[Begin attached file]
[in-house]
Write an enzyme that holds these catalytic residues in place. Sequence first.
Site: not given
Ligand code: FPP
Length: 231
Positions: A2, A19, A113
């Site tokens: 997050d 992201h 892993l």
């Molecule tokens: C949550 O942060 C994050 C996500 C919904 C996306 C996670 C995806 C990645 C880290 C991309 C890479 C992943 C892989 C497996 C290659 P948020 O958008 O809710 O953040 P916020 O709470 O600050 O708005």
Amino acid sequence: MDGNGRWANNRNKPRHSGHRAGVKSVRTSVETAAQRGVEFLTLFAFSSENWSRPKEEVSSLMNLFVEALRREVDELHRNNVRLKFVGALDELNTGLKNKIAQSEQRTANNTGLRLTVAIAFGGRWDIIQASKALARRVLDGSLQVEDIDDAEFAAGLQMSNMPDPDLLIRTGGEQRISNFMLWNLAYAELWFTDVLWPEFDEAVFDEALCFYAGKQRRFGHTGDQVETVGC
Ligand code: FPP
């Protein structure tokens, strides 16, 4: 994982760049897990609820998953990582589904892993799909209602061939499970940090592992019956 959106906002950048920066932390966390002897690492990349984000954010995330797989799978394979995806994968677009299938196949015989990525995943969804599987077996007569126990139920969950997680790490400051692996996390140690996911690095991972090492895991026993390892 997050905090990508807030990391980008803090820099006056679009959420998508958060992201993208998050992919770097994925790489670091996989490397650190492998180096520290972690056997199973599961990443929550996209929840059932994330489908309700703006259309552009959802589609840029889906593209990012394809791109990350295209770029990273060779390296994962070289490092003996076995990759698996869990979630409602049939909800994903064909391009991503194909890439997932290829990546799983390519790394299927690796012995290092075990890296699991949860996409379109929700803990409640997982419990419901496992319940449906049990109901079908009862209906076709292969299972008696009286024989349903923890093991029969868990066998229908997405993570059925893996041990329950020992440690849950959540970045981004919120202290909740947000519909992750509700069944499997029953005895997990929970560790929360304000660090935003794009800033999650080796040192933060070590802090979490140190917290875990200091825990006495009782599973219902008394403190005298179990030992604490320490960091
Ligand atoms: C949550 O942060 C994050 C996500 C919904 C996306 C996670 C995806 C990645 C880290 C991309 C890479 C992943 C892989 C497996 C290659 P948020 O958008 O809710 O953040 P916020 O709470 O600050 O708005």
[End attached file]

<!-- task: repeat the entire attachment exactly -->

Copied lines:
[in-house]
Write an enzyme that holds these catalytic residues in place. Sequence first.
Site: not given
Ligand code: FPP
Length: 231
Positions: A2, A19, A113
């Site tokens: 997050d 992201h 892993l």
């Molecule tokens: C949550 O942060 C994050 C996500 C919904 C996306 C996670 C995806 C990645 C880290 C991309 C890479 C992943 C892989 C497996 C290659 P948020 O958008 O809710 O953040 P916020 O709470 O600050 O708005």
Amino acid sequence: MDGNGRWANNRNKPRHSGHRAGVKSVRTSVETAAQRGVEFLTLFAFSSENWSRPKEEVSSLMNLFVEALRREVDELHRNNVRLKFVGALDELNTGLKNKIAQSEQRTANNTGLRLTVAIAFGGRWDIIQASKALARRVLDGSLQVEDIDDAEFAAGLQMSNMPDPDLLIRTGGEQRISNFMLWNLAYAELWFTDVLWPEFDEAVFDEALCFYAGKQRRFGHTGDQVETVGC
Ligand code: FPP
């Protein structure tokens, strides 16, 4: 994982760049897990609820998953990582589904892993799909209602061939499970940090592992019956 959106906002950048920066932390966390002897690492990349984000954010995330797989799978394979995806994968677009299938196949015989990525995943969804599987077996007569126990139920969950997680790490400051692996996390140690996911690095991972090492895991026993390892 997050905090990508807030990391980008803090820099006056679009959420998508958060992201993208998050992919770097994925790489670091996989490397650190492998180096520290972690056997199973599961990443929550996209929840059932994330489908309700703006259309552009959802589609840029889906593209990012394809791109990350295209770029990273060779390296994962070289490092003996076995990759698996869990979630409602049939909800994903064909391009991503194909890439997932290829990546799983390519790394299927690796012995290092075990890296699991949860996409379109929700803990409640997982419990419901496992319940449906049990109901079908009862209906076709292969299972008696009286024989349903923890093991029969868990066998229908997405993570059925893996041990329950020992440690849950959540970045981004919120202290909740947000519909992750509700069944499997029953005895997990929970560790929360304000660090935003794009800033999650080796040192933060070590802090979490140190917290875990200091825990006495009782599973219902008394403190005298179990030992604490320490960091
Ligand atoms: C949550 O942060 C994050 C996500 C919904 C996306 C996670 C995806 C990645 C880290 C991309 C890479 C992943 C892989 C497996 C290659 P948020 O958008 O809710 O953040 P916020 O709470 O600050 O708005």